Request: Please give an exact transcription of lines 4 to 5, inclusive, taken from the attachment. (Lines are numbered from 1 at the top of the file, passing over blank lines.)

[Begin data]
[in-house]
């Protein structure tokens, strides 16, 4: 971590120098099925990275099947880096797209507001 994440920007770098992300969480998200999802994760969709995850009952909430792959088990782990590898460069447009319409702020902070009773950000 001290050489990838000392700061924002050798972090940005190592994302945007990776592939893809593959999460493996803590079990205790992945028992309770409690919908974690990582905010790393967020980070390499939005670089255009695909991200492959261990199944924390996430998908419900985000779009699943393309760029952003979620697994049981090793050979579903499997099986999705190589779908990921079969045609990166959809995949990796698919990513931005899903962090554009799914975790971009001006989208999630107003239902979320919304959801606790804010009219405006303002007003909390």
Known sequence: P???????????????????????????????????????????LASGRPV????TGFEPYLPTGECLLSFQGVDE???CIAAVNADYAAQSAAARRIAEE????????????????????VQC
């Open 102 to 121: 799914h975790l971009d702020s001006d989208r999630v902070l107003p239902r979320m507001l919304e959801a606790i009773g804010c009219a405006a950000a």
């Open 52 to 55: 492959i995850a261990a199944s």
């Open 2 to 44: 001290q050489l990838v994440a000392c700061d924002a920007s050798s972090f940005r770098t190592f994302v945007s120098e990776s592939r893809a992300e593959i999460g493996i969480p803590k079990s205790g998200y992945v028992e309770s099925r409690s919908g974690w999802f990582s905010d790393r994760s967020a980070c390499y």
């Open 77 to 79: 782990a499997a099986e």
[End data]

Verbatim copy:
């Open 102 to 121: 799914h975790l971009d702020s001006d989208r999630v902070l107003p239902r979320m507001l919304e959801a606790i009773g804010c009219a405006a950000a």
């Open 52 to 55: 492959i995850a261990a199944s």